In the Meccan Revelations, Ibn al’Arabi distinguishes between two equal orders of numbers, the odd and the even, in answer to a debate as to whether two or three is the proper successor to one. Two is the successor to one among the even and three is the successor to one among the odd.

This sort of thinking can be applied to compare and contrast the (1) relationship between the rule of three and its relationship to four (2+2 and 2×2) that yields both the rule of seven and twelve in the Saadia diagram and (2) the relationship between the rule of two in geomantic operations and the relationship to three that produces the sixteen signs of the shield.

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Binah, Chokmah, Command, Ascription, and a Correction to Geomantic Attributions

I am a bit unorthodox about moving in and out of the Kabbalistic sphere proper and amplifying it through reference to other practices. For the moment, I’m sticking pretty close to home and working with the practices that shared the the same terrain, literally, with Judaism (i.e., from Islam, Christianity, and the various ‘idolatrous’ contemporaries), that passed through the same Baghdad and Babylon, that spilled over into the same Andalusia and Morocco. That probably won’t be where this stops, but it’s where I am right now.

That seems useful in part because there was some mutual recognition of this shared spiritual world, so even as different traditions were developing their practices internally, they were doing so in a polyglot world where they were exposed to others undertaking similar efforts.

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[NB]: Reading Frisvold’s Obeah

I won’t bother overmuch with a review of the book here (it is good, it is short, it is worth the read for the interested)–this is, though one of his briefest, very much in the mold of books like Frisvold’s Exu and Palo Mayombe. He provides the reader with an outline of the history behind Obeah, the broad strokes of the scholarly ideas about it, and then dives wholely into the practice as he encountered it, amplifying that with his understanding of other, related, spiritual traditions. It’s good stuff and I appreciate how he uses comparisons with other practices–lightly so as not to drown out the distinctiveness of Obeah itself.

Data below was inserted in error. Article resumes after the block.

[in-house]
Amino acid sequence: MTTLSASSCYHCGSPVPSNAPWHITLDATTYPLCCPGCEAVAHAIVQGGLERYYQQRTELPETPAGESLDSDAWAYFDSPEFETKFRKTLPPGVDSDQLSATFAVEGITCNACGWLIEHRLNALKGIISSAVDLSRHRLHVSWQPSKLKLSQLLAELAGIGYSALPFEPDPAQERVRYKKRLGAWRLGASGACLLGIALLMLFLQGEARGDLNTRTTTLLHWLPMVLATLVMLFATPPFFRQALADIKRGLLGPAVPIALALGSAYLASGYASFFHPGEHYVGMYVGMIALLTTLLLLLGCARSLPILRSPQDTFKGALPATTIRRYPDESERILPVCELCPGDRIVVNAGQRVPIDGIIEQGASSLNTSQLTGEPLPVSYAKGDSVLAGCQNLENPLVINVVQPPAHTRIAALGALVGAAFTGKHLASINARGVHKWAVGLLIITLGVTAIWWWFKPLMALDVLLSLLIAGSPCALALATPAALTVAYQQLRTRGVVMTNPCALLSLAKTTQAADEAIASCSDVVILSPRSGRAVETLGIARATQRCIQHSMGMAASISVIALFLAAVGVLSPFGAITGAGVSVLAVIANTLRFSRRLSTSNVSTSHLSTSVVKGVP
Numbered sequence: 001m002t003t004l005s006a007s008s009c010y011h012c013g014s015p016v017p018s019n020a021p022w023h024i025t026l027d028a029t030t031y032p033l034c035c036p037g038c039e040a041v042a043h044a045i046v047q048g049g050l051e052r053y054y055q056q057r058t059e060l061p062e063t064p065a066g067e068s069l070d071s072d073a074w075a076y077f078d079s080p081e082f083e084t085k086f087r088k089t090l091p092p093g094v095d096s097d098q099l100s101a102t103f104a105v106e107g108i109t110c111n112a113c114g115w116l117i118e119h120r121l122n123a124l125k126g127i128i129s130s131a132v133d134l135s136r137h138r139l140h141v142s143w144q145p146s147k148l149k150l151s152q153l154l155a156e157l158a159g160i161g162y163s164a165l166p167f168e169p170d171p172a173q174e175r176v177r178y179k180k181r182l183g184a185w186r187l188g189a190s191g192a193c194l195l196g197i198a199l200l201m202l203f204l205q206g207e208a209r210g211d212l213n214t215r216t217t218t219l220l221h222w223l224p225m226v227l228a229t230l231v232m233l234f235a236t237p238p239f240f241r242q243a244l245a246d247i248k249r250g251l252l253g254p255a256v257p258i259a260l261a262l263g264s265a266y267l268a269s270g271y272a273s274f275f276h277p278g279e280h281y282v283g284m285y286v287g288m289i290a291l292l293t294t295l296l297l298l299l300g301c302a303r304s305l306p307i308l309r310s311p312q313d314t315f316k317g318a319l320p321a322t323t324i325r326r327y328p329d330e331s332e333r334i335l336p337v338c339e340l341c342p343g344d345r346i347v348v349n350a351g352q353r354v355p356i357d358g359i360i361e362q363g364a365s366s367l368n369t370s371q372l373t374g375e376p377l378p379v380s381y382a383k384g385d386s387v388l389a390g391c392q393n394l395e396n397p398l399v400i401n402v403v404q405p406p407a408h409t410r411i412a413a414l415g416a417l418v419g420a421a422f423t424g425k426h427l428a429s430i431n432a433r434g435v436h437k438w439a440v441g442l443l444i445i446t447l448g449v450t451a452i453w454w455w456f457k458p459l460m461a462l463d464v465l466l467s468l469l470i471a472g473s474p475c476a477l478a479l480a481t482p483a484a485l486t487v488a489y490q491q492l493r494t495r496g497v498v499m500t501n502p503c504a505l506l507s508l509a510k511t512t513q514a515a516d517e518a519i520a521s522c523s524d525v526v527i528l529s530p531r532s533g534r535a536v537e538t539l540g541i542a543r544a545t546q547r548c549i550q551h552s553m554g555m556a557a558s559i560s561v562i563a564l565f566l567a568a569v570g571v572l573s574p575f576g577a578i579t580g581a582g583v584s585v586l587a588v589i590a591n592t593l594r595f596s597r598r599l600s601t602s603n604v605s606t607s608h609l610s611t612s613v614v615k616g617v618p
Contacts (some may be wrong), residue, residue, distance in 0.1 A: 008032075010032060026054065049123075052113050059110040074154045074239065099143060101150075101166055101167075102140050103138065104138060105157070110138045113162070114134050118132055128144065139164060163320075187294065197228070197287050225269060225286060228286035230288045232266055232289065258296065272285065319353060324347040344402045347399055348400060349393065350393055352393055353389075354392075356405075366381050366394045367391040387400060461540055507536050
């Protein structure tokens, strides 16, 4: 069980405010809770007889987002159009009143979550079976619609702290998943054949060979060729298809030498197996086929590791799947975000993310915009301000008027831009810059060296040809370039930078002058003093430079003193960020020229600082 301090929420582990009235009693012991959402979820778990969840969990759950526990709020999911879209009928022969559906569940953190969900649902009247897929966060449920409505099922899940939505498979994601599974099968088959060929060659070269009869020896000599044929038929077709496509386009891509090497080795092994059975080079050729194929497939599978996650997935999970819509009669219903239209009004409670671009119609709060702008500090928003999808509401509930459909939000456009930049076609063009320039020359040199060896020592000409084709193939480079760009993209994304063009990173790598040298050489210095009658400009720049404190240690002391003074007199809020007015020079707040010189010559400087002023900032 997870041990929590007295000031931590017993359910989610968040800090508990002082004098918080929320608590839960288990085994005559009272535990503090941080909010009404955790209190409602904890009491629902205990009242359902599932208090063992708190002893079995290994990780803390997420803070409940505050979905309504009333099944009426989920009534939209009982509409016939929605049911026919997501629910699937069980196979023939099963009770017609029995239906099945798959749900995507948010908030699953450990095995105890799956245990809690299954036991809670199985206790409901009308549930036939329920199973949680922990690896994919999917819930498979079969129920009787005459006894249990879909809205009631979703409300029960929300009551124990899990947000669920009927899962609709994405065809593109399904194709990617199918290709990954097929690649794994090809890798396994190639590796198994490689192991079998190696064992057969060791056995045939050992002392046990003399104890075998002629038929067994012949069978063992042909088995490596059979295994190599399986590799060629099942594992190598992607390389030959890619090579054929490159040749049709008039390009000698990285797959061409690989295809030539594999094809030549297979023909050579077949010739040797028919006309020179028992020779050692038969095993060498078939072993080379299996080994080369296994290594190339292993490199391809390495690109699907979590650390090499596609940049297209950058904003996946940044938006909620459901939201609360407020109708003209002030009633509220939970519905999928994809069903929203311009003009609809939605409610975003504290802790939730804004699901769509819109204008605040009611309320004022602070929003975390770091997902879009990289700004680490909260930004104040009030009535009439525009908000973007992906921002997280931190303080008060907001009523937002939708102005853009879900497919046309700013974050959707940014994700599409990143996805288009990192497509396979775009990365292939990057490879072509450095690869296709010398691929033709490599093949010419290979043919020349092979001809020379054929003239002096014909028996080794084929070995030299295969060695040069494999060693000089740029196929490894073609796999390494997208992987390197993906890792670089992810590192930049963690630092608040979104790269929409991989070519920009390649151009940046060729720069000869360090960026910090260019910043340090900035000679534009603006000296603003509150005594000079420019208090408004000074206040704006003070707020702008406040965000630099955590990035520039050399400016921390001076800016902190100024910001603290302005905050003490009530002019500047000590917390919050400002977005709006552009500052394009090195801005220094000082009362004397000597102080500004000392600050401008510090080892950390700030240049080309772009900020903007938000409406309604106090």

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A Question of Levels

In his advice to fellow gnostics, Ibn al’Arabi warns that one of the most common mistakes made on the path entails confusing the truth of one level for the truth of another. That is good advice, but as always the devil lies in the details. How, after all, do we distinguish one level from another?

I propose that at least part of the answer may lie with reversing the formula–i.e,, when you cross from one level to another, the truths of the previous level cease to hold. That pushes us back to what defines gnostic work in the first place, knowledge. Knowledge is a matter of determinations, of limits, and we find those limits more often than not by crossing them, by making mistakes and discovering ourselves as having made mistakes.

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Imagination & Creation

When Ibn al’Arabi talks about the imagination, he places it in the category of things that makes us a proper image of the divine. When we engage our imagination fully, we imitate the creative act through which God created the world. This mirroring is one of the reasons that we can even begin to make sense of what would otherwise be the utter ineffability of God, though it is also the source of a lot of our misunderstandings, too. Our imagination is concrete and specific, motivated by, and concerned with, other concrete and specific things. God’s creative power is total, which is something we don’t have the chops to grasp.